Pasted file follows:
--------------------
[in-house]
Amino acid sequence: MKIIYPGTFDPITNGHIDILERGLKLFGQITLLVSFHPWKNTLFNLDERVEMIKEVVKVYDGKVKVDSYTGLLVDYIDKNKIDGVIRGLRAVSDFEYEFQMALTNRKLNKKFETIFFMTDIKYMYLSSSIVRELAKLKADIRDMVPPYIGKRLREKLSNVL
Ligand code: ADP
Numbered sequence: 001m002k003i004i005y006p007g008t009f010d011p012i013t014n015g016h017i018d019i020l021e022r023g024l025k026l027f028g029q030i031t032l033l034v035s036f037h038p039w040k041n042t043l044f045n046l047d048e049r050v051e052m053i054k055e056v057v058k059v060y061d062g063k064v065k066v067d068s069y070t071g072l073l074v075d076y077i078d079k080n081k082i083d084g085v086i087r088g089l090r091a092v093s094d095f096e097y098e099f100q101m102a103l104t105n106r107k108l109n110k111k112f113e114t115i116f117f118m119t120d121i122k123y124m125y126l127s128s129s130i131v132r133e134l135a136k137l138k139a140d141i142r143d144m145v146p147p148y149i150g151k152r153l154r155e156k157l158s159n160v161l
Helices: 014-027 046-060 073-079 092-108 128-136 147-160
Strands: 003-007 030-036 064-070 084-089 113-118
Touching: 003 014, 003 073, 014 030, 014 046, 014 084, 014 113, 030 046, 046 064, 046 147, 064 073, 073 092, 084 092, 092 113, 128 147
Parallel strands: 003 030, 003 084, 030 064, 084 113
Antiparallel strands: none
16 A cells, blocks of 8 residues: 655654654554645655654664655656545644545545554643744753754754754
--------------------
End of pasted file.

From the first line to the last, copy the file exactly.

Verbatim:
[in-house]
Amino acid sequence: MKIIYPGTFDPITNGHIDILERGLKLFGQITLLVSFHPWKNTLFNLDERVEMIKEVVKVYDGKVKVDSYTGLLVDYIDKNKIDGVIRGLRAVSDFEYEFQMALTNRKLNKKFETIFFMTDIKYMYLSSSIVRELAKLKADIRDMVPPYIGKRLREKLSNVL
Ligand code: ADP
Numbered sequence: 001m002k003i004i005y006p007g008t009f010d011p012i013t014n015g016h017i018d019i020l021e022r023g024l025k026l027f028g029q030i031t032l033l034v035s036f037h038p039w040k041n042t043l044f045n046l047d048e049r050v051e052m053i054k055e056v057v058k059v060y061d062g063k064v065k066v067d068s069y070t071g072l073l074v075d076y077i078d079k080n081k082i083d084g085v086i087r088g089l090r091a092v093s094d095f096e097y098e099f100q101m102a103l104t105n106r107k108l109n110k111k112f113e114t115i116f117f118m119t120d121i122k123y124m125y126l127s128s129s130i131v132r133e134l135a136k137l138k139a140d141i142r143d144m145v146p147p148y149i150g151k152r153l154r155e156k157l158s159n160v161l
Helices: 014-027 046-060 073-079 092-108 128-136 147-160
Strands: 003-007 030-036 064-070 084-089 113-118
Touching: 003 014, 003 073, 014 030, 014 046, 014 084, 014 113, 030 046, 046 064, 046 147, 064 073, 073 092, 084 092, 092 113, 128 147
Parallel strands: 003 030, 003 084, 030 064, 084 113
Antiparallel strands: none
16 A cells, blocks of 8 residues: 655654654554645655654664655656545644545545554643744753754754754